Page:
origin. They might not even think that this activity is performed to increase their oral and writing skills.
Teachers may use their creativity and that of their students to develop as many variations of this activity
as they wish.
Let’s walk to school
When a foreign student arrives at our schools, one of the first activities we might want to provide is how
to get directions, so that they will not to be lost in their way to school from home. This is usually done
using a printed map. Google Earth may be very helpful for this activity. We might want the whole class
to be involved in providing such directions. The satellite photos that show major cities in Palm Beach are
very clear. Therefore, they allow for details in buildings that are very good landmarks for giving
directions. Even individual homes can be located using these details. Again, the instructional oral and
writing activities should be developed using the English language level of the students. In some cases, it
may be advisable to allow students to help the newcomers using their native languages for
communication. However, this is a good opportunity to prepare a lesson plan on how to give and receive
directions in English. Using the web site www.maps.google.com facilitates more this activity with the
Foreign language teachers are most fortunate to be able to use the new technologies available for
instruction. The foreign language textbooks are very colorful and contain pictures and maps that assist in
the teaching of culture. However, these textbooks cannot be compared with the Internet sites and with
Google Earth when we want the students to have a visual approach to the countries and cultures that are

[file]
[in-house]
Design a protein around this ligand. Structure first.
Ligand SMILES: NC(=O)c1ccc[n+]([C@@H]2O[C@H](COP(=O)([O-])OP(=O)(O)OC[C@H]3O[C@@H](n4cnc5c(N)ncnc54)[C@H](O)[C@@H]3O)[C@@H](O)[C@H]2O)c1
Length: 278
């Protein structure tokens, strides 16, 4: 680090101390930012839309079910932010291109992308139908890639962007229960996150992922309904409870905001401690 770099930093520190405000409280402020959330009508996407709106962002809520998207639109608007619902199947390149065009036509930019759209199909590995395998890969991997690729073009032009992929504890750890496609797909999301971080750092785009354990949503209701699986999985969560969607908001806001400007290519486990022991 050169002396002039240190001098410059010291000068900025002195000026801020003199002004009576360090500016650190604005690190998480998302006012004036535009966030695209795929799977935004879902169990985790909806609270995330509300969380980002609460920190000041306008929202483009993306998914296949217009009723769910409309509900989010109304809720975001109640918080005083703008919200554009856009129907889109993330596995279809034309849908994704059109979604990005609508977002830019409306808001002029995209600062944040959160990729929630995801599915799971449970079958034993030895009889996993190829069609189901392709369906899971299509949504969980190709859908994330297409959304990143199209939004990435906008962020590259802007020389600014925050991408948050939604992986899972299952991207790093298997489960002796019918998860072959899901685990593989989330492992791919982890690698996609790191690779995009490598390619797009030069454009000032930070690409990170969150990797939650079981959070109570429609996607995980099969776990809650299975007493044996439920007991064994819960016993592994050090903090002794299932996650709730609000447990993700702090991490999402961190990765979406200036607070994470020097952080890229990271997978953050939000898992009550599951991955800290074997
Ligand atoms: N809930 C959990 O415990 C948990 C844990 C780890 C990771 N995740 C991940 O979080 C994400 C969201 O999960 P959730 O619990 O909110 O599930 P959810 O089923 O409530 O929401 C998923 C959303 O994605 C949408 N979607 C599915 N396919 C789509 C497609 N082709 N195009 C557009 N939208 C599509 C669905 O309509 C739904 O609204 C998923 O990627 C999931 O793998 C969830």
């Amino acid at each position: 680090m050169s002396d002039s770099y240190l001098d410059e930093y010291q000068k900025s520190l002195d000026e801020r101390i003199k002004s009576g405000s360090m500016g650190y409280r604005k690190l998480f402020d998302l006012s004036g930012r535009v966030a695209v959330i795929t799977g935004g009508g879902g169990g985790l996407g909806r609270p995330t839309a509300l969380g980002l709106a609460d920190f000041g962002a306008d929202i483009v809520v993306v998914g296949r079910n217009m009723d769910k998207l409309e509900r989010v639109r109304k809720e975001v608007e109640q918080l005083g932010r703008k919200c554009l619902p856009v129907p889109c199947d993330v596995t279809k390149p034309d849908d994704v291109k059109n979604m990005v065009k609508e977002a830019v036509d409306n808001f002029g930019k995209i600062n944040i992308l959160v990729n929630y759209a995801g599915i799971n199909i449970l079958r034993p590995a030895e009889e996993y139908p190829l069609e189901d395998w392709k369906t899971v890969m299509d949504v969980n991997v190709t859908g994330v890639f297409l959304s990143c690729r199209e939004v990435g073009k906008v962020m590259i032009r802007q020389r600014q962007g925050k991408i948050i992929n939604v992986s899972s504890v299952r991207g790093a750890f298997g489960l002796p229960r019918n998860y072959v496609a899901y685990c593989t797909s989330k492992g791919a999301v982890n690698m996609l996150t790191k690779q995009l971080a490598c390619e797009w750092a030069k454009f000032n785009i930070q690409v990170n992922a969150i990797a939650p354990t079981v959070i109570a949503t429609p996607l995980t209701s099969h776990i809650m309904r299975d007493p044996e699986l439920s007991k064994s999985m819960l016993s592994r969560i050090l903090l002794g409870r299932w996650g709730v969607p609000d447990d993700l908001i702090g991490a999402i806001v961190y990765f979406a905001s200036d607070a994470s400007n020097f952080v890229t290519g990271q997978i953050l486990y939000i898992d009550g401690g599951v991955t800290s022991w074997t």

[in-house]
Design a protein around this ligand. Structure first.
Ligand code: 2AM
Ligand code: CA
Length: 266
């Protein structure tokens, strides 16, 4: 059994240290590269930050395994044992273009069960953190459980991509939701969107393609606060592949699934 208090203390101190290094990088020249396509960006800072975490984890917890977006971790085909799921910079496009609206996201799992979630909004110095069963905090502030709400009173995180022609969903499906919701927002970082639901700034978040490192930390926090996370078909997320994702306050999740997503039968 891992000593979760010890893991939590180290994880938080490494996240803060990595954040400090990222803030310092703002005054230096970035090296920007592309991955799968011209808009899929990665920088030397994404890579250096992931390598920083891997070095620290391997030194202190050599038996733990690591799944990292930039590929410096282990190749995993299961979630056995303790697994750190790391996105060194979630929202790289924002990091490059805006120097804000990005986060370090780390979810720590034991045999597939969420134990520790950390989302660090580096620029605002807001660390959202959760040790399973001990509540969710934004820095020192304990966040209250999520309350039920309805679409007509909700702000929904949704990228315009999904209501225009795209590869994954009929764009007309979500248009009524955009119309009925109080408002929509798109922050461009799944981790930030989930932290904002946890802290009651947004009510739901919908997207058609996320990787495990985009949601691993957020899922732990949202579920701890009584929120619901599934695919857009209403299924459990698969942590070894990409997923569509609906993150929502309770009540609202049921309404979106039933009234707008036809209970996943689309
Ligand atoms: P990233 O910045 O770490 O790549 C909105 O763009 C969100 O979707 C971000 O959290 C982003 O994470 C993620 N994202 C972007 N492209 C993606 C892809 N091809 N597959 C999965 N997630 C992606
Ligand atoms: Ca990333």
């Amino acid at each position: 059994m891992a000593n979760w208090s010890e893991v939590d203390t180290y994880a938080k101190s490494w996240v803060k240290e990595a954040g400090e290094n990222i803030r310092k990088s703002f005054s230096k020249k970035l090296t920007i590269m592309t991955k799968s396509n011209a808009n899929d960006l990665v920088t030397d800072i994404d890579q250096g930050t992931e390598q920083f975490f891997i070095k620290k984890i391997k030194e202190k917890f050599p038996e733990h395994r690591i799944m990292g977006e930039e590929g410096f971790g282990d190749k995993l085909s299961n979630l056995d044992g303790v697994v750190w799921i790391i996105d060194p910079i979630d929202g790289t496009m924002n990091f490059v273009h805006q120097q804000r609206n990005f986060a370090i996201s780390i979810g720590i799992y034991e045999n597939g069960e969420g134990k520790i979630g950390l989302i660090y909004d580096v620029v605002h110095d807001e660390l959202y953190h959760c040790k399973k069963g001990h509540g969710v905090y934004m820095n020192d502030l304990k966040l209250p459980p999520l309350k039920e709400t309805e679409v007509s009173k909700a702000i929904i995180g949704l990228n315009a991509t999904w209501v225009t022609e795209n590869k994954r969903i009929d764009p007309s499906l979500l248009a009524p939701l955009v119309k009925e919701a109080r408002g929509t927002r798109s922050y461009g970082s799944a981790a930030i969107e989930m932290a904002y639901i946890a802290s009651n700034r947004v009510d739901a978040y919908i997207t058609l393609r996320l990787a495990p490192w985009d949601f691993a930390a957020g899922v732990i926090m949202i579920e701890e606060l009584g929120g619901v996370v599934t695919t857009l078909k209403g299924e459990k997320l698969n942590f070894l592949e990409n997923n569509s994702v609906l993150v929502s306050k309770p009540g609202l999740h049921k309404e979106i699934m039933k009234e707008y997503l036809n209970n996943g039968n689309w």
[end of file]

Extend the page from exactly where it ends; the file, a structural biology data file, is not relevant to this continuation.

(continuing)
native the languages they are learning.
Let’s visit Paris
One of the most typical activity French teachers prepare for their students in a lesson plan or unit is a visit
to Paris. When we search Paris using Google Earth, the flight ends on top of the Museum of the Louvre.
From there, students can fly over Paris at the altitude they want to select, and talk about the city, describe
it in writing, or do any other pertinent activity.
A trip to Cancún
Spanish teachers can do the same activity or activities as French teachers. However, when selecting a
place to visit, they need to be sure that the satellite photos are clear enough. Cancún is one of the places
where it can be noticed that the satellite photos are of different quality. The beach zone is not clear
enough to distinguish the hotels; but if the image is moved to the airport zone, even the aircrafts can be
Havana – So near and so far
Havana is the closest Hispanic city to Florida. It is also very clearly observed with the satellite photos.
However, it shows what the program can do with the satellite photos when there are strategic places that
need to be erased for any reason. Near to the entrance of the port and behind the Morro Castle, there is a
large rectangular white (blank) space. It seems to correspond to the “Combinado del Este”, a large penal
institution. Some other places around the world that may be eliminated as well for several reasons.
including strategic and political concerns. Satellite photos can be shot as close as 10 yards from the floor,
and there is also satellite live television. It is unknown if these very accurate depictions of reality will
ever be available to the general public. However, if this happens in the future, realistic virtual views will
permit visits to the world without moving from the classroom. It is understandable for governments to
ask that strategic places be eliminated for general public observation.
DUAL LANGUAGE PROGRAMS
These programs possess the same characteristics as ESOL and foreign language programs at the